No matter how detailed the design is, the icons are created from simple squares, circles, ellipses, triangles, and other geometric shapes. These building blocks are the foundation of the icon design.
Source: Medium

When creating icons, you should consider what they mean and the kind of emotions they can trigger subconsciously. Certain shapes can activate psychological responses, so always consider how the design of your icon can affect the users.

Rectangles and squares give a sense of stability. UX designers work with these shapes to convey loyalty and safety.

Circles are the simplest forms and are often found in nature. They can communicate health, vitality, community, relationships, and repetitiveness.

Triangles are associated with stability, power, science, and movement. The universal use of a triangular shape in icon design is the button for "play."


Choosing an icon style and holding on to it will ensure consistency, which is highly important when creating sets. If, for example, you decided to make an icon with round edges, make sure all the icons from the set follow that rule.

Pixel art icons

The first set of icons was developed in the early 89s, using the technology of the time. One can expect that the icons back then were simple illustrations pixelated by the low resolution.

Today pixel art icons maintain their popularity since they are a powerful nostalgia trigger. When developing these icons, designers use as few design elements as possible to grab the audience's attention.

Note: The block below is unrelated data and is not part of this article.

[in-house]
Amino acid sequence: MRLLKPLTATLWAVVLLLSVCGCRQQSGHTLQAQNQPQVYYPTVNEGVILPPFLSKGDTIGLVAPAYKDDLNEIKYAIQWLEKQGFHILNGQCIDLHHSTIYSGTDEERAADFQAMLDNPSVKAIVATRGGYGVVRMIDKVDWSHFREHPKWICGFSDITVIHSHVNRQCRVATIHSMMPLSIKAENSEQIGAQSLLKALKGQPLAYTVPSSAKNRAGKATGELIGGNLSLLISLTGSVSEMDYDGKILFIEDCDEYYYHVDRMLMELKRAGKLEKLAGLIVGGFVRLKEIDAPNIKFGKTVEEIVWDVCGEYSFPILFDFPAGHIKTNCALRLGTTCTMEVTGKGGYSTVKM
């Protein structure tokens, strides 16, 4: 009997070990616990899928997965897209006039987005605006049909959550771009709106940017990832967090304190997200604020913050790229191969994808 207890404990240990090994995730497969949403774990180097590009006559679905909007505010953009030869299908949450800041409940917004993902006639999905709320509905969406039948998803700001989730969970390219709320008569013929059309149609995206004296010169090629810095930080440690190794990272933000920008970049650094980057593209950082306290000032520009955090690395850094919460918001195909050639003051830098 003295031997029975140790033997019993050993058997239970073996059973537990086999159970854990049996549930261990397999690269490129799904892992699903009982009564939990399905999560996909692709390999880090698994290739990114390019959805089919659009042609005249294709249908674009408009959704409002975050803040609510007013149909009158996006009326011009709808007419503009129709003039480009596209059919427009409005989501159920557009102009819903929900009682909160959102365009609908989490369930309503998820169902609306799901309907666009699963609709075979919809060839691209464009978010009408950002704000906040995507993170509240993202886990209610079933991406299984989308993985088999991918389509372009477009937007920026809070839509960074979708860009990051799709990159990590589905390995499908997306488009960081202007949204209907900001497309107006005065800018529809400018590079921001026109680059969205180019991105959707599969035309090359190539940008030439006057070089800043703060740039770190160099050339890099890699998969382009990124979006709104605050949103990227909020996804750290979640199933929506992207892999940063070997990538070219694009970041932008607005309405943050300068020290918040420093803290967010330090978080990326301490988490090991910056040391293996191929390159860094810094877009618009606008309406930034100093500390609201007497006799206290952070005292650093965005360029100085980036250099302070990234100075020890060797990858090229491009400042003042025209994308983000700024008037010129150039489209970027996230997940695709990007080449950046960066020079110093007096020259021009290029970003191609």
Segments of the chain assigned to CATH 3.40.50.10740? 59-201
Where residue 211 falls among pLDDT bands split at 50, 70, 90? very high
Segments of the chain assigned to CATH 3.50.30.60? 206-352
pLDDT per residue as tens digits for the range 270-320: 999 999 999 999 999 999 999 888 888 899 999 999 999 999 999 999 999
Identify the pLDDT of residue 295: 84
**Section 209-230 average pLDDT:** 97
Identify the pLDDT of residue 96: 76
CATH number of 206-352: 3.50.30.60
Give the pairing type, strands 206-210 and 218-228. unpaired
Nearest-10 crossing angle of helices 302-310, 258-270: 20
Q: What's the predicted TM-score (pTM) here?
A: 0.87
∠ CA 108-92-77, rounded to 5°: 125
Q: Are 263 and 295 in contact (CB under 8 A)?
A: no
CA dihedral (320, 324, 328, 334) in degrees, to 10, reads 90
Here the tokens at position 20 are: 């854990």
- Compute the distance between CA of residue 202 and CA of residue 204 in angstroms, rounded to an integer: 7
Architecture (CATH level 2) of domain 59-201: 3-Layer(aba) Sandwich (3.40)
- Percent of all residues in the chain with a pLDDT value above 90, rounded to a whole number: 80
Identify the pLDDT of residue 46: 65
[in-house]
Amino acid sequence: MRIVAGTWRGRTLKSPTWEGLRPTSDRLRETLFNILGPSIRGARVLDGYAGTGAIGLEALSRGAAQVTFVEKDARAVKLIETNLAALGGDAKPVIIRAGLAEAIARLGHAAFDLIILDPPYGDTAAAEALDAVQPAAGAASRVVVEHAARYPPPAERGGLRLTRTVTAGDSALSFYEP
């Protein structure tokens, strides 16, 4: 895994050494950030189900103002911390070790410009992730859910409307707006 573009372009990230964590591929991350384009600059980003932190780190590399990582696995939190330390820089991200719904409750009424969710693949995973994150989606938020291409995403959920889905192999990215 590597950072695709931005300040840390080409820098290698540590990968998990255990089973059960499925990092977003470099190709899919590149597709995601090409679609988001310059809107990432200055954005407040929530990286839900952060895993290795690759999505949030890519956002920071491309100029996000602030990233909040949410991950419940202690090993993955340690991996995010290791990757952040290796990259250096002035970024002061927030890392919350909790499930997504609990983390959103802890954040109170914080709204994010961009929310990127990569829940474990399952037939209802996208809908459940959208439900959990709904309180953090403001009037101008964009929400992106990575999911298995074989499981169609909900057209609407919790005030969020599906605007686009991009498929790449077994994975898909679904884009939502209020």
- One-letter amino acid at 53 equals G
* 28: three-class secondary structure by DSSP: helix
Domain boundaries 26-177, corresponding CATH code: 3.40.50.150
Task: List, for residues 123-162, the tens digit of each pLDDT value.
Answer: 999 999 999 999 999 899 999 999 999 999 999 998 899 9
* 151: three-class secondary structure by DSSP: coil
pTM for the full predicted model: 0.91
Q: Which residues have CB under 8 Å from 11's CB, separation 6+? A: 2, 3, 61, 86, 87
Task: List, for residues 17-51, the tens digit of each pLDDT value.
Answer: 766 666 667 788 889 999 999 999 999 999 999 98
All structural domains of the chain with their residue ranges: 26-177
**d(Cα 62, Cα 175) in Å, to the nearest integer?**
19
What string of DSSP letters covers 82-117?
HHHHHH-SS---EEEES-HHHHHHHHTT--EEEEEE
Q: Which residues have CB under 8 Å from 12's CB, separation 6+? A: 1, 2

With today's available technology and design tools, designers can use their creativity and revamp this style with more colors, details, and depth.
Credit: Nastya Yu

Isometric icons

With the Atari 520ST computer launch in 1985, we saw an evolution of pixel art icons. If the icons before were two-dimensional, the introduction of isometric icons created a three-dimensional look and depth.

Line icons

Line icons are direct successors of pixel art icons and one of the most popular styles used today. They can portray powerful imagery using simple outlines and shapes.

With the evolution of computer displays, this style has become more organic as designers can now use curved lines, rounded corners, and a variety of line weights. The use of colors adds even more visual weight to this style and attracts the audience's attention without burdening the design with sufficient details.

Glyph icons